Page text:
We recently touched on the great power encapsulated in self-forgiveness —forgiving ourselves for our raft of failures which at times of recall seem enough to drown us. (https://www.vineyard.blog/post/do-you-find-it-hard-to-forgive-yourself-285-jan-24-2021)
Forgiveness is at the centre of God's own heart. We can tell that by the mercy He's given to so many, and the fact that He prefers mercy to our offerings. Hosea 6:6 speaks of His merciful and forgiving heart "For I desired mercy, and not sacrifice; and the knowledge of God (himself) more than burnt offerings."
When we think about it, we prefer to accept forgiveness more often than we give it out. But if we are after the same heart as God and Jesus, it must be soft enough for the spirit of forgiveness to penetrate. It cannot penetrate a hardened heart. And for some, life has beaten them around so much they may have inadvertently hardened their hearts with each decision they made to smother hurt. I spoke on forgiveness a couple of weeks ago at Men's Support Mission (https://menssupportmission.org.au). After the meeting, I received some interesting responses, including the unforgiveness of spouses, other family members, friends, and even government leaders and departments For the Christian, Christ gives us a responsibility to forgive. Yet He knows how hard forgiveness is for the human heart. With God, all things are possible (Mark 10:27). Despite the difficulty of it being the opposite of what we want, forgiveness washes our hearts clean of poison. It gives us a refreshed frame of mind. How? It removes those heavy burdens of the pain of disappointment and rejection we've carried around forever. One teacher of criminal studies said, “Life is ten percent what happens to you, and ninety percent what you do with it.” When we've been hurt or have hurt others, it only accounts for a very short part of our lives, yet seems to rule much more than that. It affects a lot of our lives. Every time we think on those events our heart is in turmoil and often bitterness. We don't need that, do we? Wouldn't it be better to think back, and be able to say "oh, well? Thankfully I've managed to get past those thoughts." I noticed the word forgiveness is broken down into three smaller words, all with special meanings.
Fore = At the front Give = freely transfer the possession of Ness = state : condition : quality : degree The quality of forgiveness is at the forefront of our belief. We hold the power to forgive and can transfer that freedom to others at will. It underpins Jesus' comments in His Sermon on the Mount. Matthew 6:14-15 "For if ye forgive men their trespasses, your heavenly Father will also forgive you: But if ye forgive not men their trespasses, neither will your Father forgive your trespasses." He was speaking to a mixed multitude, many of whom had been hurt and also been guilty of hurting others. Otherwise, He wouldn't have said it. People in that group had suffered the barbs of comments and actions and given some out themselves. In that same humbling speech, He said "Blessed are the merciful: for they shall obtain mercy." Matthew 5:7. Jesus was showing them and now us the foundation for living a peaceful life. How long would the world last if nobody forgave others? We have plenty of reasons not to forgive, but none of them are as great as the Cross. Some things we struggle to forgive others for are personal slurs, racial slurs, we've been victims of beatings, molestation, family violence, a bank swindle where we've lost money or property, fierce arguments, business partnership gone bad, marital break-ups, even political extremes these days. When we forgive, it's still hard to forget. It's easy to forget smaller things, but a major trauma in our lives will be very difficult if not impossible. That doesn't stop us from forgiving. We just pack the incident(s) away in our history as something that occurred and we don't let it control our future. I've had to do just that—learn how to receive forgiveness as well as forgiving others, and of course, forgiving myself for my own blunders.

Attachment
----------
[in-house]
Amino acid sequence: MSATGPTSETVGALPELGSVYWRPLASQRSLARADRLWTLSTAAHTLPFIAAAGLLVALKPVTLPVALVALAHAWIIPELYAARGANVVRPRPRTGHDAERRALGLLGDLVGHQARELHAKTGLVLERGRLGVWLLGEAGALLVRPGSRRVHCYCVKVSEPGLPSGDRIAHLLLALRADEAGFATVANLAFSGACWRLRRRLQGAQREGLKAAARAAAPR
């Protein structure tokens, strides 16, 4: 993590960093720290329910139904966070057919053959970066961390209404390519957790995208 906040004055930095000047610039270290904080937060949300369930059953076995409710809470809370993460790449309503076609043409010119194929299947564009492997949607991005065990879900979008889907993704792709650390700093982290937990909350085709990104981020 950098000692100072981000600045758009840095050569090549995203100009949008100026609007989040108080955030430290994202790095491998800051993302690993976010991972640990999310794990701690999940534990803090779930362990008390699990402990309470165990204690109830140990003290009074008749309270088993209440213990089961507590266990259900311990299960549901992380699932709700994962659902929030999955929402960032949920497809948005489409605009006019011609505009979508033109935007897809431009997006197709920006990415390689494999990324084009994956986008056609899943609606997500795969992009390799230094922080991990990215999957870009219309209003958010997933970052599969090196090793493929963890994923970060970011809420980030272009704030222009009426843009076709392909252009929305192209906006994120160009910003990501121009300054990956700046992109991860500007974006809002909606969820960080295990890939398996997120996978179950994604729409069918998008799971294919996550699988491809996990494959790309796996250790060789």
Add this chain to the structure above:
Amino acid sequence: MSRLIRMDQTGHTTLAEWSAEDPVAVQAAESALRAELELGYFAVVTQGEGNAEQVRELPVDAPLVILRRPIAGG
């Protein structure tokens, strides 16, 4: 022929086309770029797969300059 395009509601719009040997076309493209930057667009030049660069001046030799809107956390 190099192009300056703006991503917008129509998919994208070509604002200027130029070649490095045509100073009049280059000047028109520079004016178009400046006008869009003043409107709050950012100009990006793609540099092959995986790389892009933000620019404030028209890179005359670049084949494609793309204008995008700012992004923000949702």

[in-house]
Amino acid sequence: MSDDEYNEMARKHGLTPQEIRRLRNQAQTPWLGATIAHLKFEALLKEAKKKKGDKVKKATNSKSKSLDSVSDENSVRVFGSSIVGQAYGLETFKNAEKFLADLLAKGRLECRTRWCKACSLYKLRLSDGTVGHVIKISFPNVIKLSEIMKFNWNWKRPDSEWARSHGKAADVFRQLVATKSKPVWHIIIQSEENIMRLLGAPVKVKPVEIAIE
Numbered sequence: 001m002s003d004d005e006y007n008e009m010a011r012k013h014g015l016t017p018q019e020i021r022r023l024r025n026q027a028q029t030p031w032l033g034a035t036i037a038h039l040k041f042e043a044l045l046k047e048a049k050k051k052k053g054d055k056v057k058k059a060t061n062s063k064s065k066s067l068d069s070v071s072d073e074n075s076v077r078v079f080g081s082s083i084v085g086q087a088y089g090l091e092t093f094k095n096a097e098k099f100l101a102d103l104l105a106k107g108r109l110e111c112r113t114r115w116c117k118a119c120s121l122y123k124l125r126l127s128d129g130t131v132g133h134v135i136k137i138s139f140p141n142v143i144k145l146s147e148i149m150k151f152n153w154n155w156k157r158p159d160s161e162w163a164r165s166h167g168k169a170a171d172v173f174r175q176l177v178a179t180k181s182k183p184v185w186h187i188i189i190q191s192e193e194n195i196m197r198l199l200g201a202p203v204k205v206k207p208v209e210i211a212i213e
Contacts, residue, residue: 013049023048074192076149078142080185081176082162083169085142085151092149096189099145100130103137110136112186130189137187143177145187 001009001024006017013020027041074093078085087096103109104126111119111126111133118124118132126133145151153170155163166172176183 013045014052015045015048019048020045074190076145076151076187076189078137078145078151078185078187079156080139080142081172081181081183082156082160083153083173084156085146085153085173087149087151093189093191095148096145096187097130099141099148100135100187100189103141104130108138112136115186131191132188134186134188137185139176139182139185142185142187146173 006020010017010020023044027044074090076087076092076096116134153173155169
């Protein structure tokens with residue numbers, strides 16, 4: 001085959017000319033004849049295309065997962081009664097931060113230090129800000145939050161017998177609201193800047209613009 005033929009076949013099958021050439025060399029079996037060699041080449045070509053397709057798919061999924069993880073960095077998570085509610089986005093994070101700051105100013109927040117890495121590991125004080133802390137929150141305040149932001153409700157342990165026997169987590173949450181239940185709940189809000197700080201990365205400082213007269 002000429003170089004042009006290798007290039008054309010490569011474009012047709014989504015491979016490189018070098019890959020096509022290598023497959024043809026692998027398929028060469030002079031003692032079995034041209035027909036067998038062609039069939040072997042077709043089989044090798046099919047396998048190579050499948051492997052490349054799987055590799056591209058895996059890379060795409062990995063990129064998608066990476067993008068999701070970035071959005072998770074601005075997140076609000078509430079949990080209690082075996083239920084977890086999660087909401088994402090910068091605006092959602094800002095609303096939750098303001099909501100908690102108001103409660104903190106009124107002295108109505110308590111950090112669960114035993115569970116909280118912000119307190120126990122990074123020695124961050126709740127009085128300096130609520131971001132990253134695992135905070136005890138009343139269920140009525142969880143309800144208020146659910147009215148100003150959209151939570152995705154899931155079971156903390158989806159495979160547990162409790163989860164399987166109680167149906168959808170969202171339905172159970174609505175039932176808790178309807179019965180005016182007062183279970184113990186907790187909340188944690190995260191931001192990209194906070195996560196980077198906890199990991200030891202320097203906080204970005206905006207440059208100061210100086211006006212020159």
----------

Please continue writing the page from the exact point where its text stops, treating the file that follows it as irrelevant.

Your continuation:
Here are some quotes of fake forgiveness.
“I was wrong, but you were too.”
“I’m sorry about it, but it wasn’t my fault.”
“If I’ve been wrong, forgive me.”
It’s a lot easier to say “I’m sorry about…” than “I was wrong.” And easier to say “Please forgive me” than to ask “Will you forgive me” and wait for the answer. We can turn this poison on its head and be role models in forgiveness, rather than victims of our own unforgiveness. As the quote says, Live so that when your children think of fairness, caring, and integrity, they think of you. Today's prayer: Dear Lord, please help me forgive. I have held grudges and pains I know you disagree with. Thank you for your mercy, but help me get them out of my heart. I want to be free of the burden and the ugly feelings I get when I think about some events that hurt me. I never thought I could forgive, but I think I can now.
Photo by Karsten Winegeart